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Today is Saturday, Nov. 7, the 312th day of 2020. There are 54 days left in the year.

Today’s Highlight in History

On Nov. 7, 1967, Carl Stokes was elected the first Black mayor of a major city -- Cleveland, Ohio.

On this date ...

In 1811: U.S. forces led by Indiana Territory Gov. William Henry Harrison defeated warriors from Tecumseh’s Confederacy in the Battle of Tippecanoe.

In 1867: Nobel Prize-winning scientist Marie Curie was born in Warsaw.

In 1917: Russia’s Bolshevik Revolution took place as forces led by Vladimir Ilyich Lenin overthrew the provisional government of Alexander Kerensky.

In 1944: President Franklin D. Roosevelt won an unprecedented fourth term in office, defeating Republican Thomas E. Dewey.

In 1962: Richard M. Nixon, having lost California’s gubernatorial race, held what he called his “last press conference,” telling reporters, “You won’t have Nixon to kick around anymore.”

In 1972: President Richard Nixon was re-elected in a landslide over Democrat George McGovern.

In 1973: Congress overrode President Richard Nixon’s veto of the War Powers Act, which limits a chief executive’s power to wage war without congressional approval.

In 1989: L. Douglas Wilder won the governor’s race in Virginia, becoming the first elected Black governor in U.S. history; David N. Dinkins was elected New York City’s first Black mayor.

In 2001: The Bush administration targeted Osama bin Laden’s multi-million-dollar financial networks, closing businesses in four states, detaining U.S. suspects and urging allies to help choke off money supplies in 40 nations.

In 2009: In a victory for President Barack Obama, the Democratic-controlled House narrowly passed, 220-215, landmark health care legislation to expand coverage to tens of millions lacking it and place tough new restrictions on the insurance industry.

In 2013: Shares of Twitter went on sale to the public for the first time; by the closing bell, the social network was valued at $31 billion.

In 2018: A gunman killed 12 people at a country music bar in Thousand Oaks, Calif., before apparently taking his own life as officers closed in; the victims included a man who had survived the mass shooting at a country music concert in Las Vegas. After more than a year of blistering attacks from President Donald Trump, Attorney General Jeff Sessions was pushed out of that post.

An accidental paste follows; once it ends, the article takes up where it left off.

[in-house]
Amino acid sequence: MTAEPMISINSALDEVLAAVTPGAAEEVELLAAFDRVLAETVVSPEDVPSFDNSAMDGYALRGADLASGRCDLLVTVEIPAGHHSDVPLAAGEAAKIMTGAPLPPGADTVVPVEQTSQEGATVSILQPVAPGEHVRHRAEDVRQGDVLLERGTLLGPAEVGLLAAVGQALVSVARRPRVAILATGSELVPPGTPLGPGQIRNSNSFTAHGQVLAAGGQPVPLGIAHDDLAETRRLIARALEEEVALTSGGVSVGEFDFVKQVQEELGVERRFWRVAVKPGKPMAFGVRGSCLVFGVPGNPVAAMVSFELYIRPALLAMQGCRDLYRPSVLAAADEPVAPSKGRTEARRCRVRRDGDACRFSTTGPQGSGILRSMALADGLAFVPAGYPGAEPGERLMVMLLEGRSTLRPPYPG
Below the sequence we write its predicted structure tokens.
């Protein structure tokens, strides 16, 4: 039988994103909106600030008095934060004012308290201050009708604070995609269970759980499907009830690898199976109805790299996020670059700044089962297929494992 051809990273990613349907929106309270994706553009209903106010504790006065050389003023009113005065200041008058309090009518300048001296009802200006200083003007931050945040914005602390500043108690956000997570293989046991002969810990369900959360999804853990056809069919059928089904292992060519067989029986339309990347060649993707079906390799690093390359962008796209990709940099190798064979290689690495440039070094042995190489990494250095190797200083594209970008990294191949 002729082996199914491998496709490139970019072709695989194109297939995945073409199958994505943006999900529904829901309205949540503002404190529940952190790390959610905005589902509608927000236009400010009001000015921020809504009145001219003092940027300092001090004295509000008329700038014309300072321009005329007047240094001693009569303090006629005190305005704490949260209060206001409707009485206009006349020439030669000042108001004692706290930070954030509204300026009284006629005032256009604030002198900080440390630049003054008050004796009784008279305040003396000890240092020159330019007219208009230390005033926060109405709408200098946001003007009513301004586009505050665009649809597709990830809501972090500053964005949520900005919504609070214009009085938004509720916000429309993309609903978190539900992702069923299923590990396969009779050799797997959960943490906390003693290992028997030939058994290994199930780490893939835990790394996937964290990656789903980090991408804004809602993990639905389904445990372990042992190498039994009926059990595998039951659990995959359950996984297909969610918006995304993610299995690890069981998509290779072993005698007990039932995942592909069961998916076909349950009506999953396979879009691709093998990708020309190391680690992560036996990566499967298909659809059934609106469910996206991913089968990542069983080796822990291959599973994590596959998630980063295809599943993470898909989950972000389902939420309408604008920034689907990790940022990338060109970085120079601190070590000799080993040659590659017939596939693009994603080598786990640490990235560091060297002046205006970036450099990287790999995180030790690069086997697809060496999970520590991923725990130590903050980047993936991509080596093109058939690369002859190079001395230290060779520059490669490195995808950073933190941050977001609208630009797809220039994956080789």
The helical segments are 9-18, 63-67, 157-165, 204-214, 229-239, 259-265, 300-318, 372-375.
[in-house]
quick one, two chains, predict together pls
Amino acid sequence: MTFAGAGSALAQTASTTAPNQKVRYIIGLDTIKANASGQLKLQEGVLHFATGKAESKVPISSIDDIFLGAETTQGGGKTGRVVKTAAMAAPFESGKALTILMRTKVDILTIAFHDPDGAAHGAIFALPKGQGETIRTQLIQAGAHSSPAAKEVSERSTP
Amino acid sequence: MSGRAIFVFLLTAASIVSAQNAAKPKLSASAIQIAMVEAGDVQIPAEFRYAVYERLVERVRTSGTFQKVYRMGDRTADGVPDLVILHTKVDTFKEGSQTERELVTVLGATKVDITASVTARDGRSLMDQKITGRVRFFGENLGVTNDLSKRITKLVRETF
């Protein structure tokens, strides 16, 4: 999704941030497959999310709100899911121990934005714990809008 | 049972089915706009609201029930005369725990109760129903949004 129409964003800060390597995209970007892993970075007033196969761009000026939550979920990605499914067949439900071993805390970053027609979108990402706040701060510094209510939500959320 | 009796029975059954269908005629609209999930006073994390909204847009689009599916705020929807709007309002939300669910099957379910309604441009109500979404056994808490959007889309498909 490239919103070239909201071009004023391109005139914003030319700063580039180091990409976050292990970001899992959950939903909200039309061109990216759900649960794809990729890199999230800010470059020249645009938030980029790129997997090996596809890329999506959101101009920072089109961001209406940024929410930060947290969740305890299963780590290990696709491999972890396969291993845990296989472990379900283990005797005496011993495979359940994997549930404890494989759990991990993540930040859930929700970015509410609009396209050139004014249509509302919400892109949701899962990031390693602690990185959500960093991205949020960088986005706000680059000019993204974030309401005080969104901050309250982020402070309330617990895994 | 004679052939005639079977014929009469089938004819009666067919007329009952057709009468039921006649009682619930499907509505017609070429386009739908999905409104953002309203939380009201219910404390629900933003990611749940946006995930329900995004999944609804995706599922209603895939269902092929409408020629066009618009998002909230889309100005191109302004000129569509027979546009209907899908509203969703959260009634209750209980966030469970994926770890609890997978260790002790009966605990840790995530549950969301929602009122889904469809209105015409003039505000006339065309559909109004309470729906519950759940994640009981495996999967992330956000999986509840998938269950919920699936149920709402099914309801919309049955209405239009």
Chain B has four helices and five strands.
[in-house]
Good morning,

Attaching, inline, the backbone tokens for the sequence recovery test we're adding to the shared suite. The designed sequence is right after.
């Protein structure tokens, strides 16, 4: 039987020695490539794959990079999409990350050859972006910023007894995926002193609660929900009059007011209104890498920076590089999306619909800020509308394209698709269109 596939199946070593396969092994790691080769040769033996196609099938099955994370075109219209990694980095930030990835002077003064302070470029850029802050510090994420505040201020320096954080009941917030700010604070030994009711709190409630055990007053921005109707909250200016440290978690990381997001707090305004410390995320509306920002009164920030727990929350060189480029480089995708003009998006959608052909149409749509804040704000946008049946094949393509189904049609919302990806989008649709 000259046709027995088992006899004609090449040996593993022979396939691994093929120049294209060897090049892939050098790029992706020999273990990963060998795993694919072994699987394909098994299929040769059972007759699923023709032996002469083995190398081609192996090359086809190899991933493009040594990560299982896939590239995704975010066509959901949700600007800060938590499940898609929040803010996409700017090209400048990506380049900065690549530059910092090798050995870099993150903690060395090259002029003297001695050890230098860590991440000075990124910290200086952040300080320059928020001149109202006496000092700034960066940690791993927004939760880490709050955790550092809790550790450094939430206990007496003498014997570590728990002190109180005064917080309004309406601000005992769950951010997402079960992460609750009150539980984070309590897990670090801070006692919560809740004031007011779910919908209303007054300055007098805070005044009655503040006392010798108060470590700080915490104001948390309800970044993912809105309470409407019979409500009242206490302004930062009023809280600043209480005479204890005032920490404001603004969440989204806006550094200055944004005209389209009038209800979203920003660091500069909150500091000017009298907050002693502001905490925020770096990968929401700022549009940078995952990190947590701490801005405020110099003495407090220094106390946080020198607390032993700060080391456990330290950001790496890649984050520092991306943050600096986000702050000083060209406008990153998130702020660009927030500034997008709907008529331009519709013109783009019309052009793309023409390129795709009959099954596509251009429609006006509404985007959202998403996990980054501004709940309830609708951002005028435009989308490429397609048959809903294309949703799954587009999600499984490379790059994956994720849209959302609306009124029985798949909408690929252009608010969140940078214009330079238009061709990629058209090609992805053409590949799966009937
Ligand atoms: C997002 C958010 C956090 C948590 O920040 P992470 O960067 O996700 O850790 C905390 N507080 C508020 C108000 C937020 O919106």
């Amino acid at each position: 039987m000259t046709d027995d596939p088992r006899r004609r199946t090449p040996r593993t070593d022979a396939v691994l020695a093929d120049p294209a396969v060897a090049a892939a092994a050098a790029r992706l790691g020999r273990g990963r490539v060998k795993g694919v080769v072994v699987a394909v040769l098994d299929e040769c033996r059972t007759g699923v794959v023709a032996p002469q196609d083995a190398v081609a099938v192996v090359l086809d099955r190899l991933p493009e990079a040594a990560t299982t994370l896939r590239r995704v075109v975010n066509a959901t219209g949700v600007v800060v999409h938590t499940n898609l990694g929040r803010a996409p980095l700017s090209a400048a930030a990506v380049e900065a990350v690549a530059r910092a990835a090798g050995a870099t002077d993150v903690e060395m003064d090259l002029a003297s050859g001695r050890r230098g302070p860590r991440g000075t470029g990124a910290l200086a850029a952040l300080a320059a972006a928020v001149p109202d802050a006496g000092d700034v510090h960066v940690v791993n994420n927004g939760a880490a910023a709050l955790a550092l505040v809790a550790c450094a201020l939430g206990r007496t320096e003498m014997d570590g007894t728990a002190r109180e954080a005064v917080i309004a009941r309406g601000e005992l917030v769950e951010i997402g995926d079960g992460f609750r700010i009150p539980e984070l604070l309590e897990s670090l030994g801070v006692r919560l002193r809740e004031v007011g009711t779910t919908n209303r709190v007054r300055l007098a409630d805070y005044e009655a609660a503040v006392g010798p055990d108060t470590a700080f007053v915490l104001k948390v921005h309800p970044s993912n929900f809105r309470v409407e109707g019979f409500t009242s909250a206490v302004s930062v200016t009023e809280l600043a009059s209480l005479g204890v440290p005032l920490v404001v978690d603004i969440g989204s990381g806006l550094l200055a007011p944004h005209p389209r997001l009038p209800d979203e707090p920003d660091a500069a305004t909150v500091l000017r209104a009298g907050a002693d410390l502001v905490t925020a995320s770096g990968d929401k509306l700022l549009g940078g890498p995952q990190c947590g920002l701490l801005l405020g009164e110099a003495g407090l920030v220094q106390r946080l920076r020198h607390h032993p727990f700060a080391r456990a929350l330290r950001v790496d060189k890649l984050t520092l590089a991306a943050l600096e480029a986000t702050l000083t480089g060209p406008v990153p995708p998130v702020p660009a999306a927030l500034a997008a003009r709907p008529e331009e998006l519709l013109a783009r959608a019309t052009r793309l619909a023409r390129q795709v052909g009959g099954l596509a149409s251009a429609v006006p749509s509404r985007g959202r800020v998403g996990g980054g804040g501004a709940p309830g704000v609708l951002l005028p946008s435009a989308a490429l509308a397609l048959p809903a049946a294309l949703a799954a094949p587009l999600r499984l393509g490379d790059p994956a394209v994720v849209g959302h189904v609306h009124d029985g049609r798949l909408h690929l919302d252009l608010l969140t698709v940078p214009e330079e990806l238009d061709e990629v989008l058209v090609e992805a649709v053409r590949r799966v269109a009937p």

Ten years ago: Scientists at the world’s largest atom smasher, the Large Hadron Collider near Geneva, recreated the state of matter shortly after the Big Bang using collisions of lead ions. Gebre Gebremariam of Ethiopia won the men’s title at the New York City Marathon in 2:08:14 in his debut at the distance. Kenya’s Edna Kiplagat won the women’s race in 2:28:20 for her first major marathon championship.

Five years ago: The leaders of China and Taiwan met for the first time since the formerly bitter Cold War foes split amid civil war 66 years earlier; Chinese President Xi Jinping and Taiwanese President Ma Ying-jeou hailed the meeting in Singapore as a sign of a new stability in relations. The license plates that were on the limousine carrying President John F. Kennedy when he was assassinated in Dallas in 1963 were sold at auction for $100,000. Yitzhak Navon, 94, who was a top aide to Israel’s founding father David Ben-Gurion and who served as Israel’s president from 1978 to 1983, died in Jerusalem.

One year ago: Former Attorney General Jeff Sessions announced that he would try to reclaim his old Senate seat from Alabama. (The effort ended in defeat in a Republican primary runoff.) Chicago Police Superintendent Eddie Johnson announced that he was retiring after more than three years as the city’s top cop. (Johnson would be fired weeks later by Chicago Mayor Lori Lightfoot, who cited “ethical lapses” including lying about a recent incident in which Johnson was found asleep at the wheel of his car after having drinks.) Juul Labs said it would stop U.S. sales of its best-selling, mint-flavored electronic cigarettes; the move came as the company struggled to survive a nationwide backlash against vaping.


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